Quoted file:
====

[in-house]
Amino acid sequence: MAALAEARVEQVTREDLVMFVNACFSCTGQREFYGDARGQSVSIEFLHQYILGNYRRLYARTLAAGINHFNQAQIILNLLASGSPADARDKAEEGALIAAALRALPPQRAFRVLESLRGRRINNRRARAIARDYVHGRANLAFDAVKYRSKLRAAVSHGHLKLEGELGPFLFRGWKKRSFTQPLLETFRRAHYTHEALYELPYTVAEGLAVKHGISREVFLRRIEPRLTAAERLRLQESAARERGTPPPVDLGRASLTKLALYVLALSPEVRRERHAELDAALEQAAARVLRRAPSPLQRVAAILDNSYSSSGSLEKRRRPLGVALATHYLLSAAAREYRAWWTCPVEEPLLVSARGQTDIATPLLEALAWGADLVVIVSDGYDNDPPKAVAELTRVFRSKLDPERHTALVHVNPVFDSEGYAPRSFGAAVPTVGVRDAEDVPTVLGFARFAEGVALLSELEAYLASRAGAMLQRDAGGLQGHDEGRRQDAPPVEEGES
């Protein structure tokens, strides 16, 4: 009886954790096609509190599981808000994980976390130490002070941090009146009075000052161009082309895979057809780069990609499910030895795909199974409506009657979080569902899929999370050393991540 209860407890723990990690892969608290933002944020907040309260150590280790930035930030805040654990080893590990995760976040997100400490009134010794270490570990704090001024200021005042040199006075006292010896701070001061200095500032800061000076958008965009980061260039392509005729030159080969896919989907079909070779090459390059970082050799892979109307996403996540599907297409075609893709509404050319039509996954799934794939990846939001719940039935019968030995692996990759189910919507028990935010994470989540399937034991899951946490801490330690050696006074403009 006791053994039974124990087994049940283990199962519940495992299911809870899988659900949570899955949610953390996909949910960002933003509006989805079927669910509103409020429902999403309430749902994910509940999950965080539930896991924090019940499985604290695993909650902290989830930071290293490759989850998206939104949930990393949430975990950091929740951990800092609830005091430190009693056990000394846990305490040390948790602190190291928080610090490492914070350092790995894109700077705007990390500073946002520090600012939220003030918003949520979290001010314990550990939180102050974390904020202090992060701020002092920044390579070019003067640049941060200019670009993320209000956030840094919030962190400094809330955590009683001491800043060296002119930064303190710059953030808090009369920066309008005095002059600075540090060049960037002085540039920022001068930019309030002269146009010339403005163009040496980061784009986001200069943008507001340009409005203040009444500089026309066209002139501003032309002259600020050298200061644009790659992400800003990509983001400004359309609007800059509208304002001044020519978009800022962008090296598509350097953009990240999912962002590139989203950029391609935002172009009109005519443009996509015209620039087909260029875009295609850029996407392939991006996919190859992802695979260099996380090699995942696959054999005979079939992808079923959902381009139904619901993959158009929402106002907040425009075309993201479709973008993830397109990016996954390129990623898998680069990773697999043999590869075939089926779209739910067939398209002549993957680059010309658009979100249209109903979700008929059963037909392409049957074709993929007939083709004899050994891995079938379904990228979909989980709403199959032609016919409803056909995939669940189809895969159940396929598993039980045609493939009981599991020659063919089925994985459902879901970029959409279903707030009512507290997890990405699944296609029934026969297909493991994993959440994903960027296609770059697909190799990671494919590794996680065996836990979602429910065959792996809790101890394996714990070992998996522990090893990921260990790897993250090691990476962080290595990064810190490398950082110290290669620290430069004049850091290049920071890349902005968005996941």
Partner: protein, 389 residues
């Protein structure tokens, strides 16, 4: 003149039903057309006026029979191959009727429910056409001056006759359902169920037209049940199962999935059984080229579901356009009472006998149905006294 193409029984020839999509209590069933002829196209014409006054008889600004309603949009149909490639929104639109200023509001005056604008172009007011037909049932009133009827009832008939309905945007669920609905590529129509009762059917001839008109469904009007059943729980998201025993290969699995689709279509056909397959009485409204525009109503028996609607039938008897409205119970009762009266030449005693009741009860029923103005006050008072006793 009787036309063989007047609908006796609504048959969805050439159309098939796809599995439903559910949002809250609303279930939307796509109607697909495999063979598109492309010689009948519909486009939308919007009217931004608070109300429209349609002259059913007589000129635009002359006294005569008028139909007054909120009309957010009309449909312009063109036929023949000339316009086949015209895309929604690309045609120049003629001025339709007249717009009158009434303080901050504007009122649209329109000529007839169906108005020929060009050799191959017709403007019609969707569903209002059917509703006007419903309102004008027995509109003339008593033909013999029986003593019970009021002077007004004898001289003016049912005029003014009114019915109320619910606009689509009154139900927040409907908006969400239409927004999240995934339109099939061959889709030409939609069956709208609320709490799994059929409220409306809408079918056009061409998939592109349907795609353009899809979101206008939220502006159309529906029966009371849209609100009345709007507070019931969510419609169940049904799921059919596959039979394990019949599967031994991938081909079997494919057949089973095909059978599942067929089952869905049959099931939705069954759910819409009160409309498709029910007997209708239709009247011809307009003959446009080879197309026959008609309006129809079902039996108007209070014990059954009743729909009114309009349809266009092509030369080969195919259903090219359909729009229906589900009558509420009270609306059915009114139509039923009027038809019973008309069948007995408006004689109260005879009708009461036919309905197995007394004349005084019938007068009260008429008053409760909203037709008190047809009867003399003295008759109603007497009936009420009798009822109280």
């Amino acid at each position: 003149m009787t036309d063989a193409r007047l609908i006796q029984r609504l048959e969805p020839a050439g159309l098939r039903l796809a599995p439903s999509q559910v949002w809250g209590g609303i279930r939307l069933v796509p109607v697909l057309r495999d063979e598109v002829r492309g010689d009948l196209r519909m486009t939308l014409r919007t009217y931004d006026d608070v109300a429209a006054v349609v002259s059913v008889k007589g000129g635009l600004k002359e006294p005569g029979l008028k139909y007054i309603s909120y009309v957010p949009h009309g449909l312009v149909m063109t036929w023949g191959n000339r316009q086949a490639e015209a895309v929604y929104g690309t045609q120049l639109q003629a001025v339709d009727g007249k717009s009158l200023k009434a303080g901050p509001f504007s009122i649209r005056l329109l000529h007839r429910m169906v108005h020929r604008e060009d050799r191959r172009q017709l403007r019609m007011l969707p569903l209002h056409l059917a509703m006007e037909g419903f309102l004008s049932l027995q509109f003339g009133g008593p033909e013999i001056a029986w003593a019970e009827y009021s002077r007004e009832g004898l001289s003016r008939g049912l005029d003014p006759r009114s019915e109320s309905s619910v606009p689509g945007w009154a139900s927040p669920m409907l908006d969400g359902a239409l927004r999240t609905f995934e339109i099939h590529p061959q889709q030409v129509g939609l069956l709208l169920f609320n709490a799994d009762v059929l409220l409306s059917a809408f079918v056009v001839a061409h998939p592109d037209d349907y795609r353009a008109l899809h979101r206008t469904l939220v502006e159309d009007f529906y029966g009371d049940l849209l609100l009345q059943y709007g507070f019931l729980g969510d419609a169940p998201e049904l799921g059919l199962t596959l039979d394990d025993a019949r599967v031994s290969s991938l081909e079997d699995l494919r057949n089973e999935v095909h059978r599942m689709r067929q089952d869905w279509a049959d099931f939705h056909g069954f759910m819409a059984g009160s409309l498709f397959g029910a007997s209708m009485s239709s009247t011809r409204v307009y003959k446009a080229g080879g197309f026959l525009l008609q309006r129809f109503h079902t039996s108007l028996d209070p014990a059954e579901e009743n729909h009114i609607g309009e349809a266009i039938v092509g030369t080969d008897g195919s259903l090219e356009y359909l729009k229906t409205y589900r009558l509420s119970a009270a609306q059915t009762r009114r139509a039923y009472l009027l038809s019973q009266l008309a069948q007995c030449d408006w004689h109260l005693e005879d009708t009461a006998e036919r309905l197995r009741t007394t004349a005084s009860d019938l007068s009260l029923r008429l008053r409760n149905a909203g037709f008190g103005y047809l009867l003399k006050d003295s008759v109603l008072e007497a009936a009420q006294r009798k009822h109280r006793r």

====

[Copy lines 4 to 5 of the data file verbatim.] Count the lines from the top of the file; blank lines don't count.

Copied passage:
Partner: protein, 389 residues
């Protein structure tokens, strides 16, 4: 003149039903057309006026029979191959009727429910056409001056006759359902169920037209049940199962999935059984080229579901356009009472006998149905006294 193409029984020839999509209590069933002829196209014409006054008889600004309603949009149909490639929104639109200023509001005056604008172009007011037909049932009133009827009832008939309905945007669920609905590529129509009762059917001839008109469904009007059943729980998201025993290969699995689709279509056909397959009485409204525009109503028996609607039938008897409205119970009762009266030449005693009741009860029923103005006050008072006793 009787036309063989007047609908006796609504048959969805050439159309098939796809599995439903559910949002809250609303279930939307796509109607697909495999063979598109492309010689009948519909486009939308919007009217931004608070109300429209349609002259059913007589000129635009002359006294005569008028139909007054909120009309957010009309449909312009063109036929023949000339316009086949015209895309929604690309045609120049003629001025339709007249717009009158009434303080901050504007009122649209329109000529007839169906108005020929060009050799191959017709403007019609969707569903209002059917509703006007419903309102004008027995509109003339008593033909013999029986003593019970009021002077007004004898001289003016049912005029003014009114019915109320619910606009689509009154139900927040409907908006969400239409927004999240995934339109099939061959889709030409939609069956709208609320709490799994059929409220409306809408079918056009061409998939592109349907795609353009899809979101206008939220502006159309529906029966009371849209609100009345709007507070019931969510419609169940049904799921059919596959039979394990019949599967031994991938081909079997494919057949089973095909059978599942067929089952869905049959099931939705069954759910819409009160409309498709029910007997209708239709009247011809307009003959446009080879197309026959008609309006129809079902039996108007209070014990059954009743729909009114309009349809266009092509030369080969195919259903090219359909729009229906589900009558509420009270609306059915009114139509039923009027038809019973008309069948007995408006004689109260005879009708009461036919309905197995007394004349005084019938007068009260008429008053409760909203037709008190047809009867003399003295008759109603007497009936009420009798009822109280």